Uncharted feels like it plays a big role in the development legacy of Quantum Break's gameplay as well. The in-game cinematics sometimes include player actions that feel familiar to the Uncharted series' on-the-fly movement from cut-scene to gameplay, especially story exposition that's delivered while you move through gorgeous, sometimes breathtaking environments. It also uses a limited cover-based third-person-shooter mechanic with Uncharted-like enemy AI and inFamous-like time powers to supplement the fights. The resulting gameplay pastiche is fast, dynamic, and fairly light in terms of difficulty; I recommend playing the game on Hard for any degree of challenge. That said, every combat felt like a different sort of action puzzle; reaching its apex in the demo's finale when Monarch soldiers with time powers of their own began to show up.

The combat time powers involve a speed-dash, a time stop that allows you to fire at a frozen time bubble centered around an enemy who takes all the damage when time restarts—this feels not dissimilar to Alan Wake's flashlight-gun-combat—a time-shield to deflect bullets, and later a more advanced bomb-like time-blast that can be charged to do damage by itself to a larger area-of-effect. All of these powers act on a cooldown timer and can be upgraded for larger splash damage, different offensive abilities, and shorter cooldowns. Health works on the standard "red-out" timed healing of modern action titles. While the slowing or stopping of time of these effects is cool-looking, they aren't fundamentally different from powers in many other games, but they are excellently balanced and handled in-game (at least, on Hard mode).



Outside of combat, there are puzzle sections involving the temporary reversal of time to restore walkways and other platforming features. As a story element this allows for Jack Joyce to experience flashbacks of other characters' lives, conveniently furthering the plot while engaging in cool world-building visuals. He learns of the conflict between his brother William Joyce (Dominic Monaghan) and the game's antagonist, Paul Serene (Aiden Gillen), over a physics experiment that threatens to "end time" that makes up the main plot, with former besties Jack and Paul accidentally acquiring their powers through a botched version of said-experiment.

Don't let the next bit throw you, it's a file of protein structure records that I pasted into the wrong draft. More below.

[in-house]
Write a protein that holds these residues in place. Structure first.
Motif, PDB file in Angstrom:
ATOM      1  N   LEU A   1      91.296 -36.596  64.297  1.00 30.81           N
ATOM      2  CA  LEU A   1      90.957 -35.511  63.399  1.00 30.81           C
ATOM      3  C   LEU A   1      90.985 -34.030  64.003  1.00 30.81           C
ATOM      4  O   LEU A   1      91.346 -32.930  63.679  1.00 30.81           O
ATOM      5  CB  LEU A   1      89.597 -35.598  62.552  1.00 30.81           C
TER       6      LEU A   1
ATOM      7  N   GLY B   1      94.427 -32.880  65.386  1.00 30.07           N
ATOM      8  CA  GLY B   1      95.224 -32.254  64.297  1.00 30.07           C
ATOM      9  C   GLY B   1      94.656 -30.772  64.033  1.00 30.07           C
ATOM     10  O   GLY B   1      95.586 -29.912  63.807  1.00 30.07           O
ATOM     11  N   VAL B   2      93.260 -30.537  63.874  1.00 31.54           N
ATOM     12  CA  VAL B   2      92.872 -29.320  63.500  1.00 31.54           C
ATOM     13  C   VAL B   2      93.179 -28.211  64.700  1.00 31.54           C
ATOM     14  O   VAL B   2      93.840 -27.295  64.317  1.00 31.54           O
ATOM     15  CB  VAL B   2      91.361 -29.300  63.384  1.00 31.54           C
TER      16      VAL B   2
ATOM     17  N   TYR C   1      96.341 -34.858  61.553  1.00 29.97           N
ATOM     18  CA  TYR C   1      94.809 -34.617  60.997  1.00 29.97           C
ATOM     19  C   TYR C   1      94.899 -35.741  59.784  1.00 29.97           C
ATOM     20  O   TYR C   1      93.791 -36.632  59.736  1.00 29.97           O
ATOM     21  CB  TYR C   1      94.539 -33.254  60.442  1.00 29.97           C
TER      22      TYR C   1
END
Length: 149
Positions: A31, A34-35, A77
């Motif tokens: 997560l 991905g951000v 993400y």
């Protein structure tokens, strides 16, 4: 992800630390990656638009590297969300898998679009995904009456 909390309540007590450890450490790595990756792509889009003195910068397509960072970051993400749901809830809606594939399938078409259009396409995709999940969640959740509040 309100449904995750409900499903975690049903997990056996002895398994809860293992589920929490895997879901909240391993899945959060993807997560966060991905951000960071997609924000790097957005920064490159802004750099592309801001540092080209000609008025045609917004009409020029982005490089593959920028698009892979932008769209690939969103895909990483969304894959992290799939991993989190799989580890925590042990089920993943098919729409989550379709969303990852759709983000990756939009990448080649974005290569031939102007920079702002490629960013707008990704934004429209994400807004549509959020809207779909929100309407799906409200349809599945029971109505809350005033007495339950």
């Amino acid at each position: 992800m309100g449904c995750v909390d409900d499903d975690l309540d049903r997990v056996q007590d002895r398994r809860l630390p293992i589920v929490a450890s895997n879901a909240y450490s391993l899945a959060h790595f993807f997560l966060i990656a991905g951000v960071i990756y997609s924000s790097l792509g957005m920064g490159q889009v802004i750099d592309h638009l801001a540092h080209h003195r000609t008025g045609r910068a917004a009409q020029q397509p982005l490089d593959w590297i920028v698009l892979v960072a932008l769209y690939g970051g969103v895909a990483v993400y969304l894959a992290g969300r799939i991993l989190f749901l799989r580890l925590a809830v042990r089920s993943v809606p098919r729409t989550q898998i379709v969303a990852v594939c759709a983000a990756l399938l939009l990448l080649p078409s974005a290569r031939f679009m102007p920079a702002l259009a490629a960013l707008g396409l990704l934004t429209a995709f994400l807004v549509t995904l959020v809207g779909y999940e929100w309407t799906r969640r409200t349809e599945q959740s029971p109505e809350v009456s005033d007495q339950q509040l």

As a nice change in point of view, one short gameplay section lets you play as Paul Serene, who is prompted by Monarch CEO Martin Hatch (Lance Reddick) to make an in-game decision that changes parts of both The Show and the gameplay for following sections with Jack Joyce, making me wonder if these decisions stack for multiple different paths, or if, like in Life Is Strange, the basic path remained unchanged, but with different opportunities available for incremental changes to the story and characters.

Regardless, Remedy clearly has seen the value of Telltale's Walking Dead revolution and wants players to make similarly hard decisions, where there are costs and benefits to both sides. That said, of the four people I talked to, we all made the same decision (guess we'll have to try the other one on a second playthrough).

Remedy is an interesting company that has staked out a claim on creating games that are by definition referential, but always in a clever way that exemplifies, rather than exploits, the material they are referencing. Quantum Break, from its first three hours, at least, seems to be succeeding at doing the same with sci-fi suspense American television shows. Sure, it feels weird to go from the game to the show, and it's building off of a lot of other games' successes, but it integrates so incredibly well into its own thing that you hardly notice. I look forward to getting to play the final game once it releases for Xbox One and PC on April 5, 2016.